Jon Nguyen – 'You can't just walk in off the street and get David Lynch to open up to you'
The iconoclastic filmmaker has never been keen to discuss his life and work, which makes intimate documentary The Art Life all the more remarkable
David Lynch is a very private man. The enigmatic artist and sometime filmmaker is notoriously reticent when it comes to talking about both his life and work. Unperturbed by this, documentary-makers Jon Nguyen and Olivia Neergaard-Holm have created an intimate examination in David Lynch: The Art Life, a journey through his personal history and artistic process, narrated by the elusive man himself. The film features anecdotes, unseen artwork and movie footage, and drops tantalising hints about the genesis of some of his more profound cinematic ideas.
Ten years ago, Nguyen produced Lynch One, a documentary exploring the director's creative process as he completed his (even now) most recent film, Inland Empire. The documentary-maker's approach to Lynch was audacious and proved to be surprisingly successful. 'I contacted a friend of mine who had been David's assistant during Mulholland Drive,' recalls Nguyen. 'I said, "could you do me a favour and ask David if we could make a documentary about him?" He laughed at me and said, "David's very private; he'll never agree to it." Two days later I got a call back from my friend – kind of astonished – saying that David had agreed.'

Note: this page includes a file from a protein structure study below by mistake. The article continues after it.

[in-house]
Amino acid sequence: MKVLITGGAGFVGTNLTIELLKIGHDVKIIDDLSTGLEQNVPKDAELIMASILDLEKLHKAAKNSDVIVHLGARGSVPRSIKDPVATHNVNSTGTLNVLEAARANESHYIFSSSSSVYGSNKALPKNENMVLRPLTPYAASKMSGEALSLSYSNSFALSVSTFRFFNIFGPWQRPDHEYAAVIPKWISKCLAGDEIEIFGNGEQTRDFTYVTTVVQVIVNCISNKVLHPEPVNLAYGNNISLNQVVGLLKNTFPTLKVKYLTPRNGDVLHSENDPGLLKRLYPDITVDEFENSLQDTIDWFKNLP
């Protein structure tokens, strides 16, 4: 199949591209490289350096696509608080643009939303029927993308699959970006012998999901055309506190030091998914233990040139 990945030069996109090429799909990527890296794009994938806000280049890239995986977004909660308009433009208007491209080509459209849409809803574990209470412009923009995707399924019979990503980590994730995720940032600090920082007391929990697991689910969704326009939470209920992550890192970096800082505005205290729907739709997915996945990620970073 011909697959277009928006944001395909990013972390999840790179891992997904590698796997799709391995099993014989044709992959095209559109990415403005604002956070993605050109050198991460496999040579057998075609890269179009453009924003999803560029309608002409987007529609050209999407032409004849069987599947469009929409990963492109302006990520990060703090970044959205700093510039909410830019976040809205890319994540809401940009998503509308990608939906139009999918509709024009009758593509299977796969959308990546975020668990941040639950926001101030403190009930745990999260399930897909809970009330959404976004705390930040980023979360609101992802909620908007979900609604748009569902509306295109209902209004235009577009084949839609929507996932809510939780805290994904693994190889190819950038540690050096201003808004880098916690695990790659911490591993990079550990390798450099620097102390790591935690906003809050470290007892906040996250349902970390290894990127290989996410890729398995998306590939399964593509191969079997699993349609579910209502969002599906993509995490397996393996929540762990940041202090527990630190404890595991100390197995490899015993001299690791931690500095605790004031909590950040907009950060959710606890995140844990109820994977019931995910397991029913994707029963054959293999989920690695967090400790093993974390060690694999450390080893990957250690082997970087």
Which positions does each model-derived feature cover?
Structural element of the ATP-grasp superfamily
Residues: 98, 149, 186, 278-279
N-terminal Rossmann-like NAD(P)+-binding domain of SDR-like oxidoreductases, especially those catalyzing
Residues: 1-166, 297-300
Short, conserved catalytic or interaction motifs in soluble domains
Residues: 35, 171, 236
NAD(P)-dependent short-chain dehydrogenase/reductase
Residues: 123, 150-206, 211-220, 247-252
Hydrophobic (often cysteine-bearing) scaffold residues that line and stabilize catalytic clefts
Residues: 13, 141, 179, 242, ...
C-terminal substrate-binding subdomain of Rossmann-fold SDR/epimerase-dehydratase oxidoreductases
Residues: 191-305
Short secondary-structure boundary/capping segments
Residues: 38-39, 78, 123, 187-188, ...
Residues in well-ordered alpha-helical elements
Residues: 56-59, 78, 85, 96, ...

Nguyen and his team gradually got to know Lynch (and vice versa). 'I remember he didn't really want to answer a lot of questions,' states Nguyen. 'He just said, "pick up the camera and you'll find out what the film's about at the end." So we kind of chased him around for a year and made Lynch One. But our relationship with him got closer and over the years we worked on some small projects. We knew that eventually we would get to a certain point in our relationship – and maybe perhaps in his life – where he would be more open and willing to talk. We started asking him questions in the first documentary and he didn't really answer them; you could tell by his body language that he wasn't interested in talking to us. So this film is the complete opposite: it's him talking and answering questions. Whereas the first is cinéma vérité, this one is David taking us on a journey through his life.'
It's been a long process, starting with around two dozen interviews conducted across four and a half years and followed by a further period of filming from 2013–2015. Throughout this time, Nguyen and his team were granted unprecedented access, not only to Lynch's portfolio but to his family photos as well. 'There are albums that contain thousands of pictures going all the way back to his great-great-grandparents: the early settlers. He gave us access to his music library and the 8mm student films that he made in the 60s and 70s.' Intriguingly, Nguyen says that his film features experimental work that has never been seen before, including out-takes from The Grandmother and Six Men Getting Sick.
While The Art Life weaves an intimate tapestry of Lynch's formative years, the filmmakers spent much of their time in his studio discussing day-to-day projects as he freestyled with whatever medium took his fancy. 'The thing we realised after filming him was that David spent most of his time in the painting studio. When he has a lot of freedom, that's what he does from morning to night.'
Despite Lynch's guarded reputation, Nguyen insists that thanks to their long history, he was fairly open from the start. 'We had a strong relationship with David at that point,' he asserts. 'It's a film that was 12 years in the making, really, because you can't just walk in off the street and get David Lynch to open up to you.'
David Lynch: The Art Life, Glasgow Film Festival, Cineworld, Fri 24 and Sat 25 Feb.